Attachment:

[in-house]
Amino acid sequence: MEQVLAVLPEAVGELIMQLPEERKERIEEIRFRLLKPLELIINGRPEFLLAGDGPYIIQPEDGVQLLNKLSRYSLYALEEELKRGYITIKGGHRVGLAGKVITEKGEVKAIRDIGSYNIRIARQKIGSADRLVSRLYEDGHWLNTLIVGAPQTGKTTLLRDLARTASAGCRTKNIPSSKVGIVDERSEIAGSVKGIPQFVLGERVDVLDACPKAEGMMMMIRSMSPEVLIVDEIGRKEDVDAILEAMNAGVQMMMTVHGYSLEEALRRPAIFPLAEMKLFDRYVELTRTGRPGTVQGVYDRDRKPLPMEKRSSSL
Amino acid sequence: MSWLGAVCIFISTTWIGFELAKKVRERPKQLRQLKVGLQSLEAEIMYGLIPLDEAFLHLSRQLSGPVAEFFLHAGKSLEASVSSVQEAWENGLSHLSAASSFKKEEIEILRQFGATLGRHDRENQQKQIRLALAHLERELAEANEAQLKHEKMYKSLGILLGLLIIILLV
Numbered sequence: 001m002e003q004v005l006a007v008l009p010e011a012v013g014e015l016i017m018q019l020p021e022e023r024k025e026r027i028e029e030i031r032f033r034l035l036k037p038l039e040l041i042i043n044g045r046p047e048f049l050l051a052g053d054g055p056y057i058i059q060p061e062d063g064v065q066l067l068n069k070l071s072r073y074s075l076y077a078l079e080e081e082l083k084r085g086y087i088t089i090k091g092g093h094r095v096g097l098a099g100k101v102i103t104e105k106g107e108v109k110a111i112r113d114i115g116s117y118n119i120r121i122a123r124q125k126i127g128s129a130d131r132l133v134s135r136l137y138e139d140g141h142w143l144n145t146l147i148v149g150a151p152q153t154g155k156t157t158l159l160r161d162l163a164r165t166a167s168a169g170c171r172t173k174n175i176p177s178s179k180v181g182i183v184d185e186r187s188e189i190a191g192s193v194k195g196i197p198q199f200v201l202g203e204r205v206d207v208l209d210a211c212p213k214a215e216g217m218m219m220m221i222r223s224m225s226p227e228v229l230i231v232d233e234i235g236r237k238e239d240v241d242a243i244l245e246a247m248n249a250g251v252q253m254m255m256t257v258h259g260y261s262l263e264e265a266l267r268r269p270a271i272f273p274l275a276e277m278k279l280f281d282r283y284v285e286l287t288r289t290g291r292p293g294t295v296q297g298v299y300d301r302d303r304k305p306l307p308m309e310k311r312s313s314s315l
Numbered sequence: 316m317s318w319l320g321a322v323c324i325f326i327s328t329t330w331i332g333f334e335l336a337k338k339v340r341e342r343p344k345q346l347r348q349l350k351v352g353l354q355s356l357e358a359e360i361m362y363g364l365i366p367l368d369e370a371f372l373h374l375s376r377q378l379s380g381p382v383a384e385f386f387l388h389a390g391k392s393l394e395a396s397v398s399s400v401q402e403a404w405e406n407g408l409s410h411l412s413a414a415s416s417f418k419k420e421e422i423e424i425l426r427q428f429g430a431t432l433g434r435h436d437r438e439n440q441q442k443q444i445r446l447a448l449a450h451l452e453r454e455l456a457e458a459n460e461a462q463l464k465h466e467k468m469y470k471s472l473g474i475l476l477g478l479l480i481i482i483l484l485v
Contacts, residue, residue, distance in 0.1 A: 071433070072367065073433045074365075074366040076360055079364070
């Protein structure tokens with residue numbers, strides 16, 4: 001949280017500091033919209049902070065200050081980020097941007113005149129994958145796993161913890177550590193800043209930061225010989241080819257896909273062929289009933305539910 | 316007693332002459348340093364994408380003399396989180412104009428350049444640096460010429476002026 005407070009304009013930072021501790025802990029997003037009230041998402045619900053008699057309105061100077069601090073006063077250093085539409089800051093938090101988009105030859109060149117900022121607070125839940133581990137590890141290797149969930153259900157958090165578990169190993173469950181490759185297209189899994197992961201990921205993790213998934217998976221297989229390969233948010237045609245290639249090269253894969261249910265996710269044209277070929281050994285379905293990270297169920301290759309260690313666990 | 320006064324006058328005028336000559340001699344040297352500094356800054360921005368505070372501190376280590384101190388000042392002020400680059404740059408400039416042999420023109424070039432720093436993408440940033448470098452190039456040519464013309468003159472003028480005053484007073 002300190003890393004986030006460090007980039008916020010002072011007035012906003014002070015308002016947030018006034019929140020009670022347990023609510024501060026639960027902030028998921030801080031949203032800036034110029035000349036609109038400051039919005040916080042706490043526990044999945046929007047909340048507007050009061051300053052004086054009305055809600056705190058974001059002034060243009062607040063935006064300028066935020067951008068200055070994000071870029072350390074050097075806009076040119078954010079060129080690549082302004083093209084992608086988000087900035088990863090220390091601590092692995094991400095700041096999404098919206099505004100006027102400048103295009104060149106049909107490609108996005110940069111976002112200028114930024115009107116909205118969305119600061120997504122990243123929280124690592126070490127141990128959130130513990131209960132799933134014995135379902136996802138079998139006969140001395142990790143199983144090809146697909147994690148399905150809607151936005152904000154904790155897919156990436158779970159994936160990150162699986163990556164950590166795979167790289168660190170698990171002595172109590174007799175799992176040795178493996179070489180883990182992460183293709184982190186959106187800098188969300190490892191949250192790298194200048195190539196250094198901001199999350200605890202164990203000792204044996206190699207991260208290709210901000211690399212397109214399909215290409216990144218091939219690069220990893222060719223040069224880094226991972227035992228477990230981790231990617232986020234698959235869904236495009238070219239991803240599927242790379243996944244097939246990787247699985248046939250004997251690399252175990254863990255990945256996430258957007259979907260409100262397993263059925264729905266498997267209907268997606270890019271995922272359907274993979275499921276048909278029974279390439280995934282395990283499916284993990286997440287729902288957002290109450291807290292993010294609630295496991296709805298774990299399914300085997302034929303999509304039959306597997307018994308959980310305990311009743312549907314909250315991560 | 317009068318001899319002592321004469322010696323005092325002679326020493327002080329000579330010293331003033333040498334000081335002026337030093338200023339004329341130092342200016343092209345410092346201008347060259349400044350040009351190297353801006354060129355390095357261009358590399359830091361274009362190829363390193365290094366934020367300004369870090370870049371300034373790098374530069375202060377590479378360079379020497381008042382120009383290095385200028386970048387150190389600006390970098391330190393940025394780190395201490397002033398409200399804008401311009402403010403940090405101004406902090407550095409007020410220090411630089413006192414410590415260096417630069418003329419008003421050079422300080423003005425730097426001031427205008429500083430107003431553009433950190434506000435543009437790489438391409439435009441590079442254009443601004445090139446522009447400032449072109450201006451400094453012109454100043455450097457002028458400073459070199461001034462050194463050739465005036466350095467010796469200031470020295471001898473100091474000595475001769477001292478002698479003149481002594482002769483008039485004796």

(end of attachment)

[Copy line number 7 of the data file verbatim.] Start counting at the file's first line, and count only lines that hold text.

């Protein structure tokens with residue numbers, strides 16, 4: 001949280017500091033919209049902070065200050081980020097941007113005149129994958145796993161913890177550590193800043209930061225010989241080819257896909273062929289009933305539910 | 316007693332002459348340093364994408380003399396989180412104009428350049444640096460010429476002026 005407070009304009013930072021501790025802990029997003037009230041998402045619900053008699057309105061100077069601090073006063077250093085539409089800051093938090101988009105030859109060149117900022121607070125839940133581990137590890141290797149969930153259900157958090165578990169190993173469950181490759185297209189899994197992961201990921205993790213998934217998976221297989229390969233948010237045609245290639249090269253894969261249910265996710269044209277070929281050994285379905293990270297169920301290759309260690313666990 | 320006064324006058328005028336000559340001699344040297352500094356800054360921005368505070372501190376280590384101190388000042392002020400680059404740059408400039416042999420023109424070039432720093436993408440940033448470098452190039456040519464013309468003159472003028480005053484007073 002300190003890393004986030006460090007980039008916020010002072011007035012906003014002070015308002016947030018006034019929140020009670022347990023609510024501060026639960027902030028998921030801080031949203032800036034110029035000349036609109038400051039919005040916080042706490043526990044999945046929007047909340048507007050009061051300053052004086054009305055809600056705190058974001059002034060243009062607040063935006064300028066935020067951008068200055070994000071870029072350390074050097075806009076040119078954010079060129080690549082302004083093209084992608086988000087900035088990863090220390091601590092692995094991400095700041096999404098919206099505004100006027102400048103295009104060149106049909107490609108996005110940069111976002112200028114930024115009107116909205118969305119600061120997504122990243123929280124690592126070490127141990128959130130513990131209960132799933134014995135379902136996802138079998139006969140001395142990790143199983144090809146697909147994690148399905150809607151936005152904000154904790155897919156990436158779970159994936160990150162699986163990556164950590166795979167790289168660190170698990171002595172109590174007799175799992176040795178493996179070489180883990182992460183293709184982190186959106187800098188969300190490892191949250192790298194200048195190539196250094198901001199999350200605890202164990203000792204044996206190699207991260208290709210901000211690399212397109214399909215290409216990144218091939219690069220990893222060719223040069224880094226991972227035992228477990230981790231990617232986020234698959235869904236495009238070219239991803240599927242790379243996944244097939246990787247699985248046939250004997251690399252175990254863990255990945256996430258957007259979907260409100262397993263059925264729905266498997267209907268997606270890019271995922272359907274993979275499921276048909278029974279390439280995934282395990283499916284993990286997440287729902288957002290109450291807290292993010294609630295496991296709805298774990299399914300085997302034929303999509304039959306597997307018994308959980310305990311009743312549907314909250315991560 | 317009068318001899319002592321004469322010696323005092325002679326020493327002080329000579330010293331003033333040498334000081335002026337030093338200023339004329341130092342200016343092209345410092346201008347060259349400044350040009351190297353801006354060129355390095357261009358590399359830091361274009362190829363390193365290094366934020367300004369870090370870049371300034373790098374530069375202060377590479378360079379020497381008042382120009383290095385200028386970048387150190389600006390970098391330190393940025394780190395201490397002033398409200399804008401311009402403010403940090405101004406902090407550095409007020410220090411630089413006192414410590415260096417630069418003329419008003421050079422300080423003005425730097426001031427205008429500083430107003431553009433950190434506000435543009437790489438391409439435009441590079442254009443601004445090139446522009447400032449072109450201006451400094453012109454100043455450097457002028458400073459070199461001034462050194463050739465005036466350095467010796469200031470020295471001898473100091474000595475001769477001292478002698479003149481002594482002769483008039485004796």